[Updated with latest IRS 401k limits] The IRS has now released 2023 401k limits which saw a relatively large increase from 2022 levels. The table below shows what the contribution limit trends have been over the last few years at the individual/employee level.
Key changes for 2023 include:
- $2,000 increase to the employee elective deferral limit, meaning the maximum an employee can contribute to 401k, 403b and TSP plans across the year in 2023 will rise to $22,500
- Catch-up contributions for those over 50 rose by $1,000
Click here for the full set of 401K, Roth IRA and Traditional IRA Contribution Limits
Employer Contribution Component
A lot of people assume the maximum annual contribution to employer sponsored retirement plans like a 401(k), 403(b) or Government Thrift Savings Plan (TSP), are what is published at the individual level.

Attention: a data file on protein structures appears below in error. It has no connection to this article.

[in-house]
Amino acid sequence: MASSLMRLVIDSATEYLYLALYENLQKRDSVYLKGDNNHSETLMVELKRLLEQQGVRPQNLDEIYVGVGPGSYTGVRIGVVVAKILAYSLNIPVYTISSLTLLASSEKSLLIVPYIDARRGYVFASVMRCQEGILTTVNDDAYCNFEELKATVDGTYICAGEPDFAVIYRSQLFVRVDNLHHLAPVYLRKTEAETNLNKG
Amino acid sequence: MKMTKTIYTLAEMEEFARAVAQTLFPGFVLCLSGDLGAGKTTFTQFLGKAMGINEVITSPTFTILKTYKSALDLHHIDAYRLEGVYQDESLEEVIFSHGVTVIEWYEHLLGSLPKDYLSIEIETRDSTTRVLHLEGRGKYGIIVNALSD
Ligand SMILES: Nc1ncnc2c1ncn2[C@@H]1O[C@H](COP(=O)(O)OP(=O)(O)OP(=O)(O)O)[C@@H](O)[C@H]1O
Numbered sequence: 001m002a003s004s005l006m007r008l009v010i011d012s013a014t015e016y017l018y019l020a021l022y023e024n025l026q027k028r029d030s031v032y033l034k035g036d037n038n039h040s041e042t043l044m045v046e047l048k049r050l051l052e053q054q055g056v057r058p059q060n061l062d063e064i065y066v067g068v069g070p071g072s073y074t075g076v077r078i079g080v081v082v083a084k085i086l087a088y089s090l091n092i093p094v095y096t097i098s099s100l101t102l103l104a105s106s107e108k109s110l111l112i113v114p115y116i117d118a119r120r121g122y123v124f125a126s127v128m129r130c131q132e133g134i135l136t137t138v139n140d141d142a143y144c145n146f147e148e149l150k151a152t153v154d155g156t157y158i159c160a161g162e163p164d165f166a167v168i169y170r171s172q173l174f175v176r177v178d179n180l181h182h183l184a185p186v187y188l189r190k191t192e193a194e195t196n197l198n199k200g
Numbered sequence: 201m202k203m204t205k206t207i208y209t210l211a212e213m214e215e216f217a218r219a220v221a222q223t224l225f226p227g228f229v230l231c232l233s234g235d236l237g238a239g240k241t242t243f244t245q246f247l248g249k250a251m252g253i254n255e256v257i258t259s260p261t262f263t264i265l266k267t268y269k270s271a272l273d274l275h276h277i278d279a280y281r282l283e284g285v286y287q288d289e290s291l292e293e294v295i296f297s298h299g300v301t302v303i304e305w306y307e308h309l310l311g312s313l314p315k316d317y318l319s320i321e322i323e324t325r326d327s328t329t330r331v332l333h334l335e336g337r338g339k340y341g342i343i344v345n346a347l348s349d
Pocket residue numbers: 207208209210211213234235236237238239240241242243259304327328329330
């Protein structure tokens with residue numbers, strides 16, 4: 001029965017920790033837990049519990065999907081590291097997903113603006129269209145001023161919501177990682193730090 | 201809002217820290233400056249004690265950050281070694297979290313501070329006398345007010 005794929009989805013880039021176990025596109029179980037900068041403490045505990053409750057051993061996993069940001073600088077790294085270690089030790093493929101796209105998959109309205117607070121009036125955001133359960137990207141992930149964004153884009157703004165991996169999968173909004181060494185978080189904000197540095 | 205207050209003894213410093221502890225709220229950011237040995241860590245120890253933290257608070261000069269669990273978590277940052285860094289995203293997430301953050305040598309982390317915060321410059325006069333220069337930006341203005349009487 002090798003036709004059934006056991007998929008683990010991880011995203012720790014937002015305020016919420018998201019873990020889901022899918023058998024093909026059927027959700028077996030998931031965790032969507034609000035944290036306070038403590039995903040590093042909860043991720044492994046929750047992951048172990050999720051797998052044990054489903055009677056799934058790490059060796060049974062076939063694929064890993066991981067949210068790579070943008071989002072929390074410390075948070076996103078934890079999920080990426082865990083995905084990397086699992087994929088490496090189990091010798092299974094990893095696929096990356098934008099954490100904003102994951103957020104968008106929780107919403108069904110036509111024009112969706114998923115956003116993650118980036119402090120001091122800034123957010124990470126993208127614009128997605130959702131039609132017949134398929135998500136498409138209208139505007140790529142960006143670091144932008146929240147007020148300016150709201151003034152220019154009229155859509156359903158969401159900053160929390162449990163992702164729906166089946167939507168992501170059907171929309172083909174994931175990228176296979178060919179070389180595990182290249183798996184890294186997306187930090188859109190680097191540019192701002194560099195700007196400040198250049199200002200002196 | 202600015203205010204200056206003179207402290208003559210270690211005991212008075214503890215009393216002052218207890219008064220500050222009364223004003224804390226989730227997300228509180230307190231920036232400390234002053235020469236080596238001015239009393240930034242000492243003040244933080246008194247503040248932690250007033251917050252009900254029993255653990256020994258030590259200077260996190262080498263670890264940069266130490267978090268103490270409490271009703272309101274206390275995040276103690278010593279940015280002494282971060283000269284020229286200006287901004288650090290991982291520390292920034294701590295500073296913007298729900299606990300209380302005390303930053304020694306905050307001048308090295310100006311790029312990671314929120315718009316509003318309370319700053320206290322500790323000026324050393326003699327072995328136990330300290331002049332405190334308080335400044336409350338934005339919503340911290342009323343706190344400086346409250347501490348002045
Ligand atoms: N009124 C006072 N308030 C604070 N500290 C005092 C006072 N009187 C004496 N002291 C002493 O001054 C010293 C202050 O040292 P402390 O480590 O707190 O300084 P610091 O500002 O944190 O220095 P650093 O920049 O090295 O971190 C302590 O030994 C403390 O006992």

However, this could be very misleading if your employer contribution or match is generous and/or you are a high income earner.
Let me give you an example to illustrate my point. Suppose Mike works for an employer who matches 100% of contributions – and there are quite a lot of employers who offer generous matching to attract talent. Mike earns $200,000 a year as Senior Director or IT.
He contributes to his employer sponsored 401k plan up to the individual maximum of $18,000 per year. However because his employer matches his contribution his total non-taxable contribution for that year is a whopping $36,000.
Well above his individual contribution and add make a substantial to his retirement savings.
The point being is that don’t just look at the individual contribution limits (which change every year). Consider the grand total and where possible make sure you employer provides as generous a contribution as possible.
Or if picking a new employer, look closely at their matching 401K contribution to try and get the maximum match.